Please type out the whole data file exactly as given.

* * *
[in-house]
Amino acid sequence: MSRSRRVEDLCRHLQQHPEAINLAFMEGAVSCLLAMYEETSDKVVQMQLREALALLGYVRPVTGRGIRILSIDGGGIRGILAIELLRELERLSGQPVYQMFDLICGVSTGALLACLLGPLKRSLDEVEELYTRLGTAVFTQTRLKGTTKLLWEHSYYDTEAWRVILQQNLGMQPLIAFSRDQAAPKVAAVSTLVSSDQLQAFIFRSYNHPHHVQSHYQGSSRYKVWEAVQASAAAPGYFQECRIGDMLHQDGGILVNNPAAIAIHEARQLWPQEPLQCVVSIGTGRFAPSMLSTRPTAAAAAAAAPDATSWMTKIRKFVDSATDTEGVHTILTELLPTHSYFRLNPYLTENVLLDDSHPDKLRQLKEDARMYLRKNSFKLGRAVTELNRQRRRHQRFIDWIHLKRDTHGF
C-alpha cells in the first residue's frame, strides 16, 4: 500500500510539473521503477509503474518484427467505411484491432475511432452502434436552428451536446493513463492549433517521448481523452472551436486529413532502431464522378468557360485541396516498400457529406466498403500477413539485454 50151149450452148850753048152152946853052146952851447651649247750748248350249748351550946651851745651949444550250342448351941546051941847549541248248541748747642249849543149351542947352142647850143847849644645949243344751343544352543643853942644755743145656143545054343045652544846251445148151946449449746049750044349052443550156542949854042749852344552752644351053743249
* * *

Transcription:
[in-house]
Amino acid sequence: MSRSRRVEDLCRHLQQHPEAINLAFMEGAVSCLLAMYEETSDKVVQMQLREALALLGYVRPVTGRGIRILSIDGGGIRGILAIELLRELERLSGQPVYQMFDLICGVSTGALLACLLGPLKRSLDEVEELYTRLGTAVFTQTRLKGTTKLLWEHSYYDTEAWRVILQQNLGMQPLIAFSRDQAAPKVAAVSTLVSSDQLQAFIFRSYNHPHHVQSHYQGSSRYKVWEAVQASAAAPGYFQECRIGDMLHQDGGILVNNPAAIAIHEARQLWPQEPLQCVVSIGTGRFAPSMLSTRPTAAAAAAAAPDATSWMTKIRKFVDSATDTEGVHTILTELLPTHSYFRLNPYLTENVLLDDSHPDKLRQLKEDARMYLRKNSFKLGRAVTELNRQRRRHQRFIDWIHLKRDTHGF
C-alpha cells in the first residue's frame, strides 16, 4: 500500500510539473521503477509503474518484427467505411484491432475511432452502434436552428451536446493513463492549433517521448481523452472551436486529413532502431464522378468557360485541396516498400457529406466498403500477413539485454 50151149450452148850753048152152946853052146952851447651649247750748248350249748351550946651851745651949444550250342448351941546051941847549541248248541748747642249849543149351542947352142647850143847849644645949243344751343544352543643853942644755743145656143545054343045652544846251445148151946449449746049750044349052443550156542949854042749852344552752644351053743249